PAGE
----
•hearing problems, or if you or your family have a mitochondrial mutation disease, or loss of hearing due to antibiotic medicines; certain mitochondrial mutations may increase your risk of hearing loss with this product.
If you have not told your doctor or pharmacist about any of the above, tell them before you are given tobramycin.
Taking other medicines
Tell your doctor or pharmacist if you are taking any other medicines, including any that you buy without a prescription from your pharmacy, supermarket or health food shop.
Some medicines and tobramycin may interfere with each other. These include:
•fluid tablets (diuretics) e.g. furosemide (frusemide), etacrynic acid, bumetanide
•cisplatin, a medicine used to treat cancer
•other antibiotics to treat infections, including ciclosporins and cephalosporins, particularly cefalotin
•amphotericin, an antifungal medicine
•opioid analgesics (e.g. codeine, morphine, pethidine, fentanyl)
•some general anaesthetic agents
•muscle relaxants such as suxamethonium
•some medicines used to prevent blood clots, e.g. warfarin, phenindione
•any drug that may cause kidney or hearing problems
•neostigmine and pyridostigmine, medicines used to treat myasthenia gravis.
These medicines may be affected by tobramycin, or may affect how well it works. You may need different amounts of your medicine, or you may need to take/use different medicines. Your doctor or pharmacist will advise you.
Your doctor and pharmacist may have more information on medicines to be careful with or avoid while receiving tobramycin.
How DBL Tobramycin Injection BP is given
How much is given
Your doctor will decide what dose you will receive. This depends on your condition and other factors, such as your weight and kidney function.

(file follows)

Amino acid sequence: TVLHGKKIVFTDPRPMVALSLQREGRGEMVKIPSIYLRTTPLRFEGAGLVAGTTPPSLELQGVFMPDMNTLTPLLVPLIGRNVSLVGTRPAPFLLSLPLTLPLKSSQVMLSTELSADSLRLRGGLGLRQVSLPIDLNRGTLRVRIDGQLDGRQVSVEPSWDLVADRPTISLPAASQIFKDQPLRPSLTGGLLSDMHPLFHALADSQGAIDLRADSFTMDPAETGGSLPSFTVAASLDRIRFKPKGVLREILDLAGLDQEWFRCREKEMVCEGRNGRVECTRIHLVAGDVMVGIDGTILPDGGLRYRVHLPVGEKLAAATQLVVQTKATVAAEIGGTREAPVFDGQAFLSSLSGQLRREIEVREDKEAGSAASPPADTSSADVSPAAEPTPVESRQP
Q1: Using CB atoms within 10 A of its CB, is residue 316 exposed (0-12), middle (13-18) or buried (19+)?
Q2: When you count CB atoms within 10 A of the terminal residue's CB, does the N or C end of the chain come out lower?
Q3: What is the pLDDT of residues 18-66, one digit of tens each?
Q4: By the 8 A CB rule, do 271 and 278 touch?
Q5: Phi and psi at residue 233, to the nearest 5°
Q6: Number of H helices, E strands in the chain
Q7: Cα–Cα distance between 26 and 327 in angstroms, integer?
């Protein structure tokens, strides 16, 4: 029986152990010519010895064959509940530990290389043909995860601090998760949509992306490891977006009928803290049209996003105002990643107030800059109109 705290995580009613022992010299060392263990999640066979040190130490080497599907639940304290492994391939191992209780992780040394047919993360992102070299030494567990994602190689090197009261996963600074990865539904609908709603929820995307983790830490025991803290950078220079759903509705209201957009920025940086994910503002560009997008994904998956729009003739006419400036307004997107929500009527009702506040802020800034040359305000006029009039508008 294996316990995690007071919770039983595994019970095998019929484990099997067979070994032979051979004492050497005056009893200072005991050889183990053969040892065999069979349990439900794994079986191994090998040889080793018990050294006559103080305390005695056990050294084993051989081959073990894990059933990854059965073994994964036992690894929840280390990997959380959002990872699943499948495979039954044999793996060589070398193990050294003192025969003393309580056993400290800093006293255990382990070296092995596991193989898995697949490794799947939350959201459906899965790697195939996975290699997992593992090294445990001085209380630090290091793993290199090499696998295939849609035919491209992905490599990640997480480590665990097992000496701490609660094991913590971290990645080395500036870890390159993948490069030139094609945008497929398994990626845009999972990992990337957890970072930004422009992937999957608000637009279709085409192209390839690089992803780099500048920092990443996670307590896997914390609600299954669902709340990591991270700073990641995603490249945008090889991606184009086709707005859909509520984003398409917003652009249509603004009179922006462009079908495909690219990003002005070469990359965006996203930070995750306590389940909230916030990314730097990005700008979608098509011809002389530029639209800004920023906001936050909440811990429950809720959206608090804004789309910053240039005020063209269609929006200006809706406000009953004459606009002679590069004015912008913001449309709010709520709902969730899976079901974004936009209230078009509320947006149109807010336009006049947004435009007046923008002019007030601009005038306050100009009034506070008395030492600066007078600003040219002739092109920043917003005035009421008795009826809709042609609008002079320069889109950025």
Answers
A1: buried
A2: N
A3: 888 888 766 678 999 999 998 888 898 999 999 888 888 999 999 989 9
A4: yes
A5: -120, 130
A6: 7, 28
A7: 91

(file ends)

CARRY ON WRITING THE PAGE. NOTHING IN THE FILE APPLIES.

How it is given
Tobramycin is given as an injection into a muscle or as a slow injection into a vein (intravenously).
Tobramycin should only be given by a doctor or nurse.
If you are given too much (overdose)
As DBL Tobramycin Injection BP is usually given to you in hospital under the supervision of your doctor, it is very unlikely that you will receive an overdose.
However, if you experience severe side effects tell your doctor or nurse immediately or if you are not already in hospital, immediately telephone your doctor or the Poisons Information Centre (telephone 13 11 26) for advice, or go to Emergency at the nearest hospital.
You may need urgent medical attention.
Symptoms of a tobramycin overdose may include the side effects listed below in the ‘Side Effects’ section, but are usually of a more severe nature.
While you are being given DBL Tobramycin Injection BP
Things your doctor should do
Your doctor or nurse should take regular blood and urine samples while you are receiving Tobramycin Injection. This is to ensure that you are receiving the correct dose of tobramycin.
Things you must do
If you are about to be started on any new medicine, remind your doctor, dentist or pharmacist that you are being given this medicine.
Tell any other doctors, dentists, and pharmacists who are treating you that you are being given this medicine.
If you are going to have surgery tell the surgeon or anaesthetist that you are being given this medicine.
It may affect other medicines used during surgery.